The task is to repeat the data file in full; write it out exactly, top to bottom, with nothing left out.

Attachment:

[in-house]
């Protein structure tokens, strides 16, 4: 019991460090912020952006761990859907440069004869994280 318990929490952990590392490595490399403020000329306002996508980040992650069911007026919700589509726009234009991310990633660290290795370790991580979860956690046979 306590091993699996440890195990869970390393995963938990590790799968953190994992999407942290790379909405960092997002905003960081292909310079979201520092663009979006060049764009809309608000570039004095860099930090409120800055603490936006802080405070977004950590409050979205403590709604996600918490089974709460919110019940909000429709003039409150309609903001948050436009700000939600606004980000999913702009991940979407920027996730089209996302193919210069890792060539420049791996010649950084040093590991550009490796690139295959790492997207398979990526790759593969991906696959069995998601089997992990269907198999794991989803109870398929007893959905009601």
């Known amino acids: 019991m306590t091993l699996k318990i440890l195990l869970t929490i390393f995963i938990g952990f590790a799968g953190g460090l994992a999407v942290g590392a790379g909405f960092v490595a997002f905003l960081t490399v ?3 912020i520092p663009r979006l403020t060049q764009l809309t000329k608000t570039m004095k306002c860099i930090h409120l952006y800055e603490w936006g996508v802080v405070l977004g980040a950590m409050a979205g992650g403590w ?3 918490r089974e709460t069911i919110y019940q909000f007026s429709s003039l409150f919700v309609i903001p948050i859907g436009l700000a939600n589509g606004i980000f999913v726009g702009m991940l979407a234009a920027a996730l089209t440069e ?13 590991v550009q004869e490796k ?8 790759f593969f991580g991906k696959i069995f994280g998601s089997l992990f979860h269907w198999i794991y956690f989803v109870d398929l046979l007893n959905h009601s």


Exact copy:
[in-house]
């Protein structure tokens, strides 16, 4: 019991460090912020952006761990859907440069004869994280 318990929490952990590392490595490399403020000329306002996508980040992650069911007026919700589509726009234009991310990633660290290795370790991580979860956690046979 306590091993699996440890195990869970390393995963938990590790799968953190994992999407942290790379909405960092997002905003960081292909310079979201520092663009979006060049764009809309608000570039004095860099930090409120800055603490936006802080405070977004950590409050979205403590709604996600918490089974709460919110019940909000429709003039409150309609903001948050436009700000939600606004980000999913702009991940979407920027996730089209996302193919210069890792060539420049791996010649950084040093590991550009490796690139295959790492997207398979990526790759593969991906696959069995998601089997992990269907198999794991989803109870398929007893959905009601």
């Known amino acids: 019991m306590t091993l699996k318990i440890l195990l869970t929490i390393f995963i938990g952990f590790a799968g953190g460090l994992a999407v942290g590392a790379g909405f960092v490595a997002f905003l960081t490399v ?3 912020i520092p663009r979006l403020t060049q764009l809309t000329k608000t570039m004095k306002c860099i930090h409120l952006y800055e603490w936006g996508v802080v405070l977004g980040a950590m409050a979205g992650g403590w ?3 918490r089974e709460t069911i919110y019940q909000f007026s429709s003039l409150f919700v309609i903001p948050i859907g436009l700000a939600n589509g606004i980000f999913v726009g702009m991940l979407a234009a920027a996730l089209t440069e ?13 590991v550009q004869e490796k ?8 790759f593969f991580g991906k696959i069995f994280g998601s089997l992990f979860h269907w198999i794991y956690f989803v109870d398929l046979l007893n959905h009601s």